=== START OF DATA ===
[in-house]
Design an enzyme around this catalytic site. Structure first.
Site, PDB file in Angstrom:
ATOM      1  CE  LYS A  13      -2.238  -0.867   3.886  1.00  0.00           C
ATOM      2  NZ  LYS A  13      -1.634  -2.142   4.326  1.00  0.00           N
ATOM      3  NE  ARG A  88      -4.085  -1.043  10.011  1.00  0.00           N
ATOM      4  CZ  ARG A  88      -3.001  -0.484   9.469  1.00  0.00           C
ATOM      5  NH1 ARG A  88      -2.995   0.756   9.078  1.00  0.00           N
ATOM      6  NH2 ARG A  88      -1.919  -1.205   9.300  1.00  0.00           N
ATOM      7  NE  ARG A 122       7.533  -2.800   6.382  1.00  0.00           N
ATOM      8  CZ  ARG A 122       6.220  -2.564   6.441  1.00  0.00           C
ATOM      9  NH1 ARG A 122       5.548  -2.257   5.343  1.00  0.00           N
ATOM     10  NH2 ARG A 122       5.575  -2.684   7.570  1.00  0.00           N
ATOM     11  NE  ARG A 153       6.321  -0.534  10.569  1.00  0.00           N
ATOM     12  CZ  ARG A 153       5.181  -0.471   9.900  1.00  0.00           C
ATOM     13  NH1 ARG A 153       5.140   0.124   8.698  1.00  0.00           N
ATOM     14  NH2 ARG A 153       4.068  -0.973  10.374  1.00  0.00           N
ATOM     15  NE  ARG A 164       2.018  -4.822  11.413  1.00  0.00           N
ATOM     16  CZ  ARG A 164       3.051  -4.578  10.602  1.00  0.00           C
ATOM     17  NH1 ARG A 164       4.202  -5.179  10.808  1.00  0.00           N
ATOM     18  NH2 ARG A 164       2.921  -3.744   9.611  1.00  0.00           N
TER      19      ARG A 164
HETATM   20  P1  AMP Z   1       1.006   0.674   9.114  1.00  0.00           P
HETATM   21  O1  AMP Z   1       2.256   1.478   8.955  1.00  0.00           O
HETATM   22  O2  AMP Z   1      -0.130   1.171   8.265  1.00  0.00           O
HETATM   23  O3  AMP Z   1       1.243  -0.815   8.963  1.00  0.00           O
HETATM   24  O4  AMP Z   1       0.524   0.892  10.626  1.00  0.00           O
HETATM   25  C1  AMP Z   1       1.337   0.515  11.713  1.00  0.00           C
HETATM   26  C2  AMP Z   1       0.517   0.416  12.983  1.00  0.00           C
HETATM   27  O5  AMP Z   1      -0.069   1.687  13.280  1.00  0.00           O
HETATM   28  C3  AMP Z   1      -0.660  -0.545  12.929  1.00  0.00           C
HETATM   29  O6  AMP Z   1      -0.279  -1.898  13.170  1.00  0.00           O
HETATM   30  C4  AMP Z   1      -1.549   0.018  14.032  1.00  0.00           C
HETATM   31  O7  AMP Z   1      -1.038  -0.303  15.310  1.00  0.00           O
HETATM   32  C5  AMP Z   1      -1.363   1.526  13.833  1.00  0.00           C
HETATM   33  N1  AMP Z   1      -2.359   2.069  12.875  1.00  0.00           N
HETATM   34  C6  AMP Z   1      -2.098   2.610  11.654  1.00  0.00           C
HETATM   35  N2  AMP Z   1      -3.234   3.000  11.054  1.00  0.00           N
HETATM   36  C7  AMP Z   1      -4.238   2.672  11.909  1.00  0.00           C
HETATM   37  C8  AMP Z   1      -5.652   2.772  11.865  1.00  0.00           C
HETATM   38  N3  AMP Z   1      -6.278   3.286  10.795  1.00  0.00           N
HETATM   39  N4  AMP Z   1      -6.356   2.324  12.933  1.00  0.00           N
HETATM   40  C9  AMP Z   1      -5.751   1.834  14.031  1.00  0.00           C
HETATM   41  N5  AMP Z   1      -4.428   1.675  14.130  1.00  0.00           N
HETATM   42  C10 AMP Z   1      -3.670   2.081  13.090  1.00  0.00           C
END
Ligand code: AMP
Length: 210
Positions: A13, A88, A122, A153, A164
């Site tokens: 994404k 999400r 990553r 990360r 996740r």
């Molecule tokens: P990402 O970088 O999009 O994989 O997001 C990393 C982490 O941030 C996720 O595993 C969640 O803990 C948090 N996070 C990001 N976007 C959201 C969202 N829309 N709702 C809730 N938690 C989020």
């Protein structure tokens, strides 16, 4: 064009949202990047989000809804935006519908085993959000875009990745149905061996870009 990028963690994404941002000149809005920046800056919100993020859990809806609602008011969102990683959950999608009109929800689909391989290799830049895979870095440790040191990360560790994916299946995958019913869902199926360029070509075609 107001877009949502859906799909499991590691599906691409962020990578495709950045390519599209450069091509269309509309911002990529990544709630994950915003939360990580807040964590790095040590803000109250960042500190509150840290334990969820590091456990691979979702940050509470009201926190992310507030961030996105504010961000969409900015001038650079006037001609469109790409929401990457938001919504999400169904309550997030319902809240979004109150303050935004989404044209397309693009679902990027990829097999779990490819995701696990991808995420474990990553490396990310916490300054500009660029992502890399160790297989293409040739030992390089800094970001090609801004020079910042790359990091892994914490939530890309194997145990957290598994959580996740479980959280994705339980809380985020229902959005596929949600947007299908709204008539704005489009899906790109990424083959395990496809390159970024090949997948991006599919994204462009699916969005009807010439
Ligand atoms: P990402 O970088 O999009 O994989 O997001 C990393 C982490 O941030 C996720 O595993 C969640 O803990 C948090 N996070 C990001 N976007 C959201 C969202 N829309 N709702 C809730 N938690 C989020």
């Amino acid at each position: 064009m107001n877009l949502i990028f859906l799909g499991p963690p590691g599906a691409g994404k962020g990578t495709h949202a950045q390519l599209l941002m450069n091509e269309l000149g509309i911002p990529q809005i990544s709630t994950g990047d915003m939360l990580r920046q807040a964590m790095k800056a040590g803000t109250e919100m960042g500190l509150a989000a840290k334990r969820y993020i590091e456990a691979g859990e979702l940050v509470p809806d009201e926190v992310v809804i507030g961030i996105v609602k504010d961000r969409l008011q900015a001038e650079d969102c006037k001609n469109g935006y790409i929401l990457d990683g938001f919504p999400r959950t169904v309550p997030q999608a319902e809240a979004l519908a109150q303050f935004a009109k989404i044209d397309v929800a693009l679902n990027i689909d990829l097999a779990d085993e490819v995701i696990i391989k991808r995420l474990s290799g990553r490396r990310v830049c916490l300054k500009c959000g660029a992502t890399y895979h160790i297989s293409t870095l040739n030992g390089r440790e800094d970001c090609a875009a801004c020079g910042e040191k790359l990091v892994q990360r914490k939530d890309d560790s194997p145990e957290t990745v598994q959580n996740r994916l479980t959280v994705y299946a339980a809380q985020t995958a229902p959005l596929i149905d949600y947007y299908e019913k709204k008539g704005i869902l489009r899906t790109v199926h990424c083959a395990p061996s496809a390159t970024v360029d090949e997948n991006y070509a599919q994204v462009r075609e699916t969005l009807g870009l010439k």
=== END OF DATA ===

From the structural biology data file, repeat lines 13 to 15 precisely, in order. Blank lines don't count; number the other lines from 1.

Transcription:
ATOM     10  NH2 ARG A 122       5.575  -2.684   7.570  1.00  0.00           N
ATOM     11  NE  ARG A 153       6.321  -0.534  10.569  1.00  0.00           N
ATOM     12  CZ  ARG A 153       5.181  -0.471   9.900  1.00  0.00           C